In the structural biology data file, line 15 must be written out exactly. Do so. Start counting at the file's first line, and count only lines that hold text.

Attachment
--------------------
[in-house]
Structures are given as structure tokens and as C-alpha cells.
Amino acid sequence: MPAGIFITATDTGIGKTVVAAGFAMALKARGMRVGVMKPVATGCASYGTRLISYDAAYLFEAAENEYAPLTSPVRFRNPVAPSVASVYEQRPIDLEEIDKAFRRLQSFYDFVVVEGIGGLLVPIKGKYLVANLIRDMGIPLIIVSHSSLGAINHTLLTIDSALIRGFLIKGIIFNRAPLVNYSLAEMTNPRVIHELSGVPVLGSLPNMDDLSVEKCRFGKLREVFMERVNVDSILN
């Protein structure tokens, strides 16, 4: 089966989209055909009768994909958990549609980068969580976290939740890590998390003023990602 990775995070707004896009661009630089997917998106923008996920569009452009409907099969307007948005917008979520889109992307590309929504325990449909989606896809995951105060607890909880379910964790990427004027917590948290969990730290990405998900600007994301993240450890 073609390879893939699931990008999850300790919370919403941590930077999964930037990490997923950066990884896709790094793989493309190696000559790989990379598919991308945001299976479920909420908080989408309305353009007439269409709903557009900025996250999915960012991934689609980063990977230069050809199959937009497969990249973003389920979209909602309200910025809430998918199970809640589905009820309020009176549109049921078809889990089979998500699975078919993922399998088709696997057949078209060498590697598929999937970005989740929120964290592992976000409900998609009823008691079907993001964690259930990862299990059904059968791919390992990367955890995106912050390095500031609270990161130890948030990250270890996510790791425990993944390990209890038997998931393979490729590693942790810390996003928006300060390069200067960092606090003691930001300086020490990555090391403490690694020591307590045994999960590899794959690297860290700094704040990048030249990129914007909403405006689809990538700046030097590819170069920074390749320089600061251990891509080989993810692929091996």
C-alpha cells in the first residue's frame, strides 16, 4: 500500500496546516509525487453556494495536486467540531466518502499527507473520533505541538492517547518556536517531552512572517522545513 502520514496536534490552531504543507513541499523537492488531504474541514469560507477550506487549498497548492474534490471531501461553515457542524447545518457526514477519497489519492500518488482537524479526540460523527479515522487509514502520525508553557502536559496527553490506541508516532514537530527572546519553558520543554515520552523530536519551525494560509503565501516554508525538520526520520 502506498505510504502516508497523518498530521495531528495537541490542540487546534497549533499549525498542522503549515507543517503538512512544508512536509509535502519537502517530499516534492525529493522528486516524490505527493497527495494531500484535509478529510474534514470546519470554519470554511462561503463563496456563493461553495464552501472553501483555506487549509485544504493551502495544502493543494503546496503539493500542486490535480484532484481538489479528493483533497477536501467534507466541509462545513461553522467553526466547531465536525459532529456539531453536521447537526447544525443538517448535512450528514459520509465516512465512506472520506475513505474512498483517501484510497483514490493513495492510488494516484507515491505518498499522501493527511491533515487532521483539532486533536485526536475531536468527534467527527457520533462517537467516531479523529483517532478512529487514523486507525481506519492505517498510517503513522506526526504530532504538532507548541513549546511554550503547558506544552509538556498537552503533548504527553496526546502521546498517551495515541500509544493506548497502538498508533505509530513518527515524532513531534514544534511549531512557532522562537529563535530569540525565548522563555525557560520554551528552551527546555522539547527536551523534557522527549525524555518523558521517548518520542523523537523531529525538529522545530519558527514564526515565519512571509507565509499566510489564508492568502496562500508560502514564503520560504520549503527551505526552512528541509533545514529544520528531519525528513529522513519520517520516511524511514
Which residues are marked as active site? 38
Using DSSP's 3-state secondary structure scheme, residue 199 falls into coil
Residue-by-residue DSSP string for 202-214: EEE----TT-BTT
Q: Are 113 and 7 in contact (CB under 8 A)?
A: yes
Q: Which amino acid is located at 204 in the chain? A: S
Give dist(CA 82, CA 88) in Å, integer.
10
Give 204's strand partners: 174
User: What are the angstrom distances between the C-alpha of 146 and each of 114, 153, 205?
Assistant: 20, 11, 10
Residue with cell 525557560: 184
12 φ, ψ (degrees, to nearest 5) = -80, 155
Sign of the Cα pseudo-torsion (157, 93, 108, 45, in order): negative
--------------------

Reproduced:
User: What are the angstrom distances between the C-alpha of 146 and each of 114, 153, 205?